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How to Sell Property in Alaska

August 31, 2011

in Regional Real Estate Tips, Tips When Selling a Home

Alaska has a unique environment – both in its spectacularly untamed landscape and in real estate. The state economy is fueled by a burgeoning tourist trade and a booming oil industry, and though the national recession slowed many property sales in the last few years, the Alaska real estate market is seeing fewer foreclosures and is already showing signs of recovering.

How to Sell Residential Property in Alaska

For those looking to sell residential property in the state, the amount of time to anticipate a sale will vary depending on the city or region. Sellers can be prepared to wait longer than usual in larger cities such as Fairbanks and Juneau where the unemployment rate and mortgage crisis hit more homes. However, in smaller cities such as Sitka that did not experience a bubble, you can expect prices and conditions to remain relatively steady.

Regardless of what city you’re selling in, it’s important to remember the top three areas that most homebuyers are looking at:

Exterior Home Condition

Many homebuyers will walk away from a home if the exterior is shabby or uninviting. Home sellers should take a quick audit of the outside of the house. Are the sidewalks or driveway cracked? Is the exterior paint chipped or weathered? Is the roof leaky? Many of these flaws can be fixed easily and should be evaluated and fixed prior to putting your home on the market.

Interior Home Condition

The condition of your home during viewings or appraisals is a contributing factor to how fast it will sell. When anticipating a showing or other appointment, your home should be spotlessly clean and tidy with no visible flaws. Nail holes, carpet stains, and other defects must be patched, cleaned or corrected. Remember, homebuyers will shy away if they feel many rooms need to be remodeled or repaired. Therefore, the home seller must take an inventory of what needs to be replaced and determine the cost versus value.

Many agents also suggest “de-personalizing” your home by removing personal items such as photos, memorabilia, etc. If you own pets, they should be contained in a separate area of the house with no evidence they live on the premises. A buyer needs to be able to envision themselves living in the home and the less clutter or distraction, the more likely it will sell.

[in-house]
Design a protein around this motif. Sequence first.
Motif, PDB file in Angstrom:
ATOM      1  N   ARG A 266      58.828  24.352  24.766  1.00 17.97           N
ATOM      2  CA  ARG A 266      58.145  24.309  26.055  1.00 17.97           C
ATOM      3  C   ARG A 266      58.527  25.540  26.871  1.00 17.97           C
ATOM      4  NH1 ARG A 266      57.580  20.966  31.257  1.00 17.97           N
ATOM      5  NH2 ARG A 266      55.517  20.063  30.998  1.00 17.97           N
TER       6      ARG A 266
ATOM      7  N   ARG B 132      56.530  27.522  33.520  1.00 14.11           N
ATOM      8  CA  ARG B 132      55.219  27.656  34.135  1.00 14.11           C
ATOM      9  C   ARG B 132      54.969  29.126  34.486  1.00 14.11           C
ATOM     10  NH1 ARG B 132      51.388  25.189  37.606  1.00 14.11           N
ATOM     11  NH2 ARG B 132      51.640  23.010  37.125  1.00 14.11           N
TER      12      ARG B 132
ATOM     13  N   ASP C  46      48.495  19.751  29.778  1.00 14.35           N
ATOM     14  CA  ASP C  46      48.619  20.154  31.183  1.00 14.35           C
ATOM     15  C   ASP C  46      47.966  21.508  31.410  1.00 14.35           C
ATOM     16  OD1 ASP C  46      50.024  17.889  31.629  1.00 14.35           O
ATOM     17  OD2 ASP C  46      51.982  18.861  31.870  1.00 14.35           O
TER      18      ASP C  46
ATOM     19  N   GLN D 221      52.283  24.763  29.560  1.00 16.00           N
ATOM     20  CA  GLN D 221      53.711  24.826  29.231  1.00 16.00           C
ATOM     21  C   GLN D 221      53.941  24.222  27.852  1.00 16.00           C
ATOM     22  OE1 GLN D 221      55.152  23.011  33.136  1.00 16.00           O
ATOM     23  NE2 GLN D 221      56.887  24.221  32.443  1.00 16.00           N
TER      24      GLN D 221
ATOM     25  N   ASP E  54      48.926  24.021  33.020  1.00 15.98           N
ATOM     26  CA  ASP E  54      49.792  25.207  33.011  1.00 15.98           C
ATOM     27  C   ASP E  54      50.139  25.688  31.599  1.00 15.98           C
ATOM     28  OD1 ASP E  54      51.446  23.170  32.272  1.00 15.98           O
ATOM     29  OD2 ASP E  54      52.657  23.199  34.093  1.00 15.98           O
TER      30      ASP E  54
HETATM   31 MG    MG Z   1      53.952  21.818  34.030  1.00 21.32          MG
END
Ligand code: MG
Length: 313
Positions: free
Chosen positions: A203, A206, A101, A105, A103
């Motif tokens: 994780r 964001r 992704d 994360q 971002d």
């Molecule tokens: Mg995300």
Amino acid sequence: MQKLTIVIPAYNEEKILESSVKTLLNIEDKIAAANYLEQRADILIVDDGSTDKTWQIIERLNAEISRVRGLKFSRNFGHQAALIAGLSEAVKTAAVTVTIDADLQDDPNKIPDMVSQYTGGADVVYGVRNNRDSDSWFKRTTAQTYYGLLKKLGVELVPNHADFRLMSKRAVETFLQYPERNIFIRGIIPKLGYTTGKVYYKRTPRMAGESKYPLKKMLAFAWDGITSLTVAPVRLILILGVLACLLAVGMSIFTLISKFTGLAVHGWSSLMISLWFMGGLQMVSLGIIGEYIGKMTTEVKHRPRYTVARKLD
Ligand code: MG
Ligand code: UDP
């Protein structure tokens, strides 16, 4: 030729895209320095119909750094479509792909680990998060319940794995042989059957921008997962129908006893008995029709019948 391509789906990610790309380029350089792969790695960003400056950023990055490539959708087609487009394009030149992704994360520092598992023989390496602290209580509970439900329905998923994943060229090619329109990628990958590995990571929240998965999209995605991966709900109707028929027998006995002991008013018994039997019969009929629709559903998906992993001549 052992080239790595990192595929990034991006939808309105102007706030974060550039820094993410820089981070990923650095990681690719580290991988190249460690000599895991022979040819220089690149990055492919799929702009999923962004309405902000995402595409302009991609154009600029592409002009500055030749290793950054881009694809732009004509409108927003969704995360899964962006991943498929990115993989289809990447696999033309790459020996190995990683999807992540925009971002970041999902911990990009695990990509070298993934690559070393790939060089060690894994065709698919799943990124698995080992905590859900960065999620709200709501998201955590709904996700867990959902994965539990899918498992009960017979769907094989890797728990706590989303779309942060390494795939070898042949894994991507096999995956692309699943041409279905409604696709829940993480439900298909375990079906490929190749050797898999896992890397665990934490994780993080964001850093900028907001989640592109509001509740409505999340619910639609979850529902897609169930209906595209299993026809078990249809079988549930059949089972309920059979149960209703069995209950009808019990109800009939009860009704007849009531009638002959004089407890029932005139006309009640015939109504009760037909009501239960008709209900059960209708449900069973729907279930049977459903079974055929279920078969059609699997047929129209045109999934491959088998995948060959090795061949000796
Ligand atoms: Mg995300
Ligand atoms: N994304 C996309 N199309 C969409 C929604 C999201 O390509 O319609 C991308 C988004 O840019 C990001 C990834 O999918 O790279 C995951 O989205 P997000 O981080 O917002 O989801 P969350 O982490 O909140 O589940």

An asking price that is either too low or too high can dramatically reduce the chances of selling your home on a timely schedule. Your agent should be familiar with the local market and provide you with local comps (home comparisons) that have sold in order to determine your asking price. Whether you take or ignore this advice is a contributing factor to the length of time the house will remain on the market.

How to Sell Recreational Property in Alaska

Due its unique landscape and lack of urban development, recreational property accounts for a large majority of real estate in Alaska. Whether looking to develop or hold for play, buyers have their choice of “untamed” properties. Unfortunately, due to the inaccessibility of many areas in remote Alaska, they can be difficult properties to sell. Debra Leisek of Broker Bay Realty in Homer, Alaska offers sellers the following advice regarding how to sell remote property in interior Alaska:

  • Work with a realtor® who knows the legal access to the land and can explain to buyers if there are any seasonal limitations for crossing property as well as their rights to the property should they purchase it.
  • Arial maps are extremely important as are navigation skills beyond GPS. Compass, maps and knowledge of the area are important for potential buyers planning to look at the property.
  • Be prepared. Prep buyers for weather factors and possible problems. Advise proper clothing, survival gear, food, water and first aid.
  • Expect to see some wildlife. Know what to do in case you come across a bear or moose with potential buyers. Be cautious and bring a gun (if you know how to use it) and/or bear spray.
  • Leave behind a travel plan and make smart choices in how you are going to see the property. Travel on snow machines in the winter and four-wheelers in the summer. Make sure vehicles are in proper working order with enough fuel to get there and get back.

Whether you’re dealing with a residential home or remote recreational property, Alaska can be a unique and challenging market for selling real estate. Luckily, with the right guidance and market knowledge, it can be a painless and rewarding experience for both new and seasoned sellers.

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